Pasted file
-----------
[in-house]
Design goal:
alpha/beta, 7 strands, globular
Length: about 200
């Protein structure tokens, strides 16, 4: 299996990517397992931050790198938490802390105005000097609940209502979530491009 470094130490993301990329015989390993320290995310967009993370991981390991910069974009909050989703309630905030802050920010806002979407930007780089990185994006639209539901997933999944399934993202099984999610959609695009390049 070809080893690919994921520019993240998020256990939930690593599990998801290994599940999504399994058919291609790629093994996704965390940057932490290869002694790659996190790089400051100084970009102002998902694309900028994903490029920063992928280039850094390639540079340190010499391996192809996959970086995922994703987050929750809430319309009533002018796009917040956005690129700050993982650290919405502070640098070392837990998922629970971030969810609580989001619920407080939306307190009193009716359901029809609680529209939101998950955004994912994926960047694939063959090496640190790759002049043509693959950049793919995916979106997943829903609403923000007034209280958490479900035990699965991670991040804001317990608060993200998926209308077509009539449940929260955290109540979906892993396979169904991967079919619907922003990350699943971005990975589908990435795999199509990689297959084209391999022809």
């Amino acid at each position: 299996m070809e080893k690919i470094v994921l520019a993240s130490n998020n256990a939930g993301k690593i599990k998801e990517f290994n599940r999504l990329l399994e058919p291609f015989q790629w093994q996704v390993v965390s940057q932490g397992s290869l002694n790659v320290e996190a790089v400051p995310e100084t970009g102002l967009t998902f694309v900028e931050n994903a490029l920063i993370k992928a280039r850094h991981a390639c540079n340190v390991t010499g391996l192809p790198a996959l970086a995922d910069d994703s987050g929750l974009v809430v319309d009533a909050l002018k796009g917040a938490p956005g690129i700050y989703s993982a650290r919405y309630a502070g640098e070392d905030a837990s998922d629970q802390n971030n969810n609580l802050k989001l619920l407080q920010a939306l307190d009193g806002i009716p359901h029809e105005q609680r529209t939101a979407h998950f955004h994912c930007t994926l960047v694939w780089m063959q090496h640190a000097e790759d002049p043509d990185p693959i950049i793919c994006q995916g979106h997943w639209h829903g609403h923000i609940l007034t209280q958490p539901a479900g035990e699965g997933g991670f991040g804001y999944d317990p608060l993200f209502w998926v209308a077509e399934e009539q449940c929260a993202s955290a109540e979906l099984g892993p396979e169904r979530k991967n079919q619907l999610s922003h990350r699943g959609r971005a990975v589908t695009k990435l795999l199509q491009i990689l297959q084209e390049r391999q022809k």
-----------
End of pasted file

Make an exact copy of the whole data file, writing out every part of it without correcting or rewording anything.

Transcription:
[in-house]
Design goal:
alpha/beta, 7 strands, globular
Length: about 200
């Protein structure tokens, strides 16, 4: 299996990517397992931050790198938490802390105005000097609940209502979530491009 470094130490993301990329015989390993320290995310967009993370991981390991910069974009909050989703309630905030802050920010806002979407930007780089990185994006639209539901997933999944399934993202099984999610959609695009390049 070809080893690919994921520019993240998020256990939930690593599990998801290994599940999504399994058919291609790629093994996704965390940057932490290869002694790659996190790089400051100084970009102002998902694309900028994903490029920063992928280039850094390639540079340190010499391996192809996959970086995922994703987050929750809430319309009533002018796009917040956005690129700050993982650290919405502070640098070392837990998922629970971030969810609580989001619920407080939306307190009193009716359901029809609680529209939101998950955004994912994926960047694939063959090496640190790759002049043509693959950049793919995916979106997943829903609403923000007034209280958490479900035990699965991670991040804001317990608060993200998926209308077509009539449940929260955290109540979906892993396979169904991967079919619907922003990350699943971005990975589908990435795999199509990689297959084209391999022809």
């Amino acid at each position: 299996m070809e080893k690919i470094v994921l520019a993240s130490n998020n256990a939930g993301k690593i599990k998801e990517f290994n599940r999504l990329l399994e058919p291609f015989q790629w093994q996704v390993v965390s940057q932490g397992s290869l002694n790659v320290e996190a790089v400051p995310e100084t970009g102002l967009t998902f694309v900028e931050n994903a490029l920063i993370k992928a280039r850094h991981a390639c540079n340190v390991t010499g391996l192809p790198a996959l970086a995922d910069d994703s987050g929750l974009v809430v319309d009533a909050l002018k796009g917040a938490p956005g690129i700050y989703s993982a650290r919405y309630a502070g640098e070392d905030a837990s998922d629970q802390n971030n969810n609580l802050k989001l619920l407080q920010a939306l307190d009193g806002i009716p359901h029809e105005q609680r529209t939101a979407h998950f955004h994912c930007t994926l960047v694939w780089m063959q090496h640190a000097e790759d002049p043509d990185p693959i950049i793919c994006q995916g979106h997943w639209h829903g609403h923000i609940l007034t209280q958490p539901a479900g035990e699965g997933g991670f991040g804001y999944d317990p608060l993200f209502w998926v209308a077509e399934e009539q449940c929260a993202s955290a109540e979906l099984g892993p396979e169904r979530k991967n079919q619907l999610s922003h990350r699943g959609r971005a990975v589908t695009k990435l795999l199509q491009i990689l297959q084209e390049r391999q022809k």